Sandi’s Salsa

Garden tomatoes are ripening and soon the saucy scent of simmering salsa will be wafting from my kitchen. For those of you who’ve asked, here’s the recipe!

Salsa was my very first venture into canning. The initial result was decent, but my husband said, “It’s good, but not as good as Donald’s.”

Donald was a teammate in rec hockey. When it was snack night, the other players always counted on Donald bringing his salsa. One fall, I asked if would share his recipe. He didn’t really have one, but gave me some direction, “Blanche and peel tomatoes until the pot is full.” Okay, how big a pot? “5 quarts, I think.”

He offered some rough guesstimates on the amount of peppers, onion and celery, and said he’d often add some oregano and basil. My garden herbs are usually past their prime by the time I make salsa and I found it didn’t really make a difference, so I omit them.

I did my best to follow his guidance, added more peppers and onions to get the ratio I preferred, and this is the result.

You can do the same thing here. Adjust the recipe to your taste, or what you have on hand, and make it your own!

I know this is a lot of chopping, and yes, you can use a food processor if your really want, but it’s not what I recommend. I prefer to have the veggies more intact in my salsa. Chop according to the size and consistency you prefer.

It does take time, but if you put on a good playlist or podcast, pour a beverage of choice and/or enlist someone to help, the time goes by fast. And trust me, the results are worth it!

This recipe has received rave reviews from friends and family. It’s made its way into many care packages and is often a gift when we’re invited out to dinner. One set of friends actually hides it when their adult kids come over to visit so they don’t have to share!

It’s been called, “The best salsa ever!”, but I’m not sure about that. I think I must be a missing secret ingredient, because I never did manage to get quite as good as Donald’s!

Main Ingredients:

  • 12 cups peeled & chopped fresh tomatoes
  • 2 tablespoons pickling salt
  • 4 cups chopped onions
  • 2 cups chopped celery
  • 4 cups chopped peppers (8 to 12 seeded & chopped jalapeno peppers plus enough green, red or yellow peppers to make 4 cups in total)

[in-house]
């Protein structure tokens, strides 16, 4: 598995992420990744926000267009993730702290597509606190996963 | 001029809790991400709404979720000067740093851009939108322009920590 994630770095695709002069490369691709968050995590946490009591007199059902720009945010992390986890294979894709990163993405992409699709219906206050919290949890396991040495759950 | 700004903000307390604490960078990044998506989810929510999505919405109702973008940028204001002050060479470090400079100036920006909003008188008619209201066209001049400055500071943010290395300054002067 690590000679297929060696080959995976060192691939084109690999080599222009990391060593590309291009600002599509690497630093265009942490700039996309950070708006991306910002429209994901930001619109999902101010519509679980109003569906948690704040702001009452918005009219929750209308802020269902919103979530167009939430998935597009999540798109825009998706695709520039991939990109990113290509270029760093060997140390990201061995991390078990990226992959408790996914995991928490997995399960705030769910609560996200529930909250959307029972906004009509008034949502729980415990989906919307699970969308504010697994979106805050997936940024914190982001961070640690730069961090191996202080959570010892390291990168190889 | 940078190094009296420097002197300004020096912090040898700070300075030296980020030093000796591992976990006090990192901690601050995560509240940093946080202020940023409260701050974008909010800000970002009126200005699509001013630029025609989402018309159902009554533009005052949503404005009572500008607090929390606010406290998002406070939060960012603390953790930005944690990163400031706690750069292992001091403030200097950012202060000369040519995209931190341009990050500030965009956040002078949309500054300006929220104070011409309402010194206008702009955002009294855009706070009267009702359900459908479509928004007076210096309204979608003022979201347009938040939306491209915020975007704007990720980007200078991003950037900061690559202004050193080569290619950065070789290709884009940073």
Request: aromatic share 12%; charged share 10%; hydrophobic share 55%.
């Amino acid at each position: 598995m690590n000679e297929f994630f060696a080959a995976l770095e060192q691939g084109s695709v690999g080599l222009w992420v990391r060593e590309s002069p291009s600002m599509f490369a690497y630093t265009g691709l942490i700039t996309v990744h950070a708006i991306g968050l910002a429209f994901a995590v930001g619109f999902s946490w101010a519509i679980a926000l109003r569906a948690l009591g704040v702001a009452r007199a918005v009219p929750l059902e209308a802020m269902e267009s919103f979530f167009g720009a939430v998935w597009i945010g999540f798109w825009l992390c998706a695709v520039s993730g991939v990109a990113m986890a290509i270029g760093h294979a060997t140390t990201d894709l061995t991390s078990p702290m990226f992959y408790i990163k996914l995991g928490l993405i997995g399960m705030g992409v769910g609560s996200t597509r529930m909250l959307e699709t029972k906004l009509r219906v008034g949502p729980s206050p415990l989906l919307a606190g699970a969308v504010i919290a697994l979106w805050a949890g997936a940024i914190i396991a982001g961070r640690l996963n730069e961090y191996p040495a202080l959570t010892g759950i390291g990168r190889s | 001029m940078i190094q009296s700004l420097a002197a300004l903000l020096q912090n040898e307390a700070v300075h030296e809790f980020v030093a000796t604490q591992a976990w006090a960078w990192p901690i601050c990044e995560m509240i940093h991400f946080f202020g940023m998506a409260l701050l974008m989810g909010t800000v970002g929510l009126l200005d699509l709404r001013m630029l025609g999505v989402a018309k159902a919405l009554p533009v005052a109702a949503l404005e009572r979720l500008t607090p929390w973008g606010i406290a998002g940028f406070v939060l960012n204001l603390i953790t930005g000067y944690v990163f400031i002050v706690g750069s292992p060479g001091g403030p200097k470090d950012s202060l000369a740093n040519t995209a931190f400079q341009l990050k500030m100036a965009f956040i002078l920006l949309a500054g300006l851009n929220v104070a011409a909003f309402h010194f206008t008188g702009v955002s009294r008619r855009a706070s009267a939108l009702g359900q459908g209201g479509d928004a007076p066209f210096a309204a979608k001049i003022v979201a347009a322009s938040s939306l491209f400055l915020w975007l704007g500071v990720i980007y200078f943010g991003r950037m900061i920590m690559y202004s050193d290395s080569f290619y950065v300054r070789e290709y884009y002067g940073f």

• 3 cloves garlic, chopped finely
  • 1 1/2 cups pickling vinegar
  • 1 — 156 ml can tomato paste
  • 1/2 tsp cayenne pepper
  • 1 tsp red pepper flakes

Directions:

Set a standard, 5-quart, colander in a large bowl. Peel and chop tomatoes until colander is heaping full (about 12 cups). Sprinkle with 2 tbsp pickling salt and set aside to drain while you prepare your other vegetables.

Chop onions, celery, peppers and garlic. Check the colander of tomatoes, if there’s a large amount of juice in the bowl, remove 1 to 1 1/2 cups and set aside. (See note below.*)

Combine chopped tomatoes, remaining juice, celery, onions, spices and vinegar in a 5-quart dutch oven or large saucepan. Bring to a boil, then simmer for 45 minutes.

Add chopped peppers and garlic. Simmer another 20 to 30 minutes. Add tomato paste to thicken. Stir well and simmer another 5 to 10 minutes. Pour into sterilized jars and process in hot water bath for 15 minutes. Set on a cooling rack for 24 hours.

Enjoy with your favourite corn chips, on tacos, nachos, burgers, baked potatoes, in omelettes or soups — wherever you want a bit of zip and a taste of summer from the garden!


*Note: The amount of liquid will depend on the the variety of tomatoes you’re using. If you’re using all roma tomatoes (they are fleshier with less juice) this likely isn’t necessary, but I use a mix of varieties from my garden. Setting the excess juice aside prevents a watery salsa and reduces boiling time. You can always add more back in at the end to get your desired consistency. I freeze the leftover juice to add to soups in the winter.

Leave a Reply

Fill in your details below or click an icon to log in:

WordPress.com Logo

You are commenting using your WordPress.com account. Log Out /  Change )

Twitter picture

You are commenting using your Twitter account. Log Out /  Change )

Facebook photo

You are commenting using your Facebook account. Log Out /  Change )

Connecting to %s